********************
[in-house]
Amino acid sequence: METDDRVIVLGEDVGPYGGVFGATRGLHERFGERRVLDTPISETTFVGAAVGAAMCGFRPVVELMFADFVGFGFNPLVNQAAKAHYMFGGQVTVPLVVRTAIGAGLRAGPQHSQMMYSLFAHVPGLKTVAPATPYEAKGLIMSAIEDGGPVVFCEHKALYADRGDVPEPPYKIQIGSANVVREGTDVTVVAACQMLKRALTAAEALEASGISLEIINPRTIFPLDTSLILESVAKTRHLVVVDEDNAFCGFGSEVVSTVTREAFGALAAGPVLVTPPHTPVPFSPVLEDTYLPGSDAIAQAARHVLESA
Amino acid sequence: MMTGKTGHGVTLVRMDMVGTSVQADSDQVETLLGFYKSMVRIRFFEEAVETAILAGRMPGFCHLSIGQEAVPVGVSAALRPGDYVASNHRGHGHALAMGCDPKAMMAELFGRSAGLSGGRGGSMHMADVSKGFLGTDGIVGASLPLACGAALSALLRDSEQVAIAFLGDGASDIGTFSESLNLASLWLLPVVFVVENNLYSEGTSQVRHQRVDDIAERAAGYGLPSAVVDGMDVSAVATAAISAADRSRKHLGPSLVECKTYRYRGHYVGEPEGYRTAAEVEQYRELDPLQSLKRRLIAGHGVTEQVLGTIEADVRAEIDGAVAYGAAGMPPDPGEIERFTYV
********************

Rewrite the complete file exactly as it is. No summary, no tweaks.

[in-house]
Amino acid sequence: METDDRVIVLGEDVGPYGGVFGATRGLHERFGERRVLDTPISETTFVGAAVGAAMCGFRPVVELMFADFVGFGFNPLVNQAAKAHYMFGGQVTVPLVVRTAIGAGLRAGPQHSQMMYSLFAHVPGLKTVAPATPYEAKGLIMSAIEDGGPVVFCEHKALYADRGDVPEPPYKIQIGSANVVREGTDVTVVAACQMLKRALTAAEALEASGISLEIINPRTIFPLDTSLILESVAKTRHLVVVDEDNAFCGFGSEVVSTVTREAFGALAAGPVLVTPPHTPVPFSPVLEDTYLPGSDAIAQAARHVLESA
Amino acid sequence: MMTGKTGHGVTLVRMDMVGTSVQADSDQVETLLGFYKSMVRIRFFEEAVETAILAGRMPGFCHLSIGQEAVPVGVSAALRPGDYVASNHRGHGHALAMGCDPKAMMAELFGRSAGLSGGRGGSMHMADVSKGFLGTDGIVGASLPLACGAALSALLRDSEQVAIAFLGDGASDIGTFSESLNLASLWLLPVVFVVENNLYSEGTSQVRHQRVDDIAERAAGYGLPSAVVDGMDVSAVATAAISAADRSRKHLGPSLVECKTYRYRGHYVGEPEGYRTAAEVEQYRELDPLQSLKRRLIAGHGVTEQVLGTIEADVRAEIDGAVAYGAAGMPPDPGEIERFTYV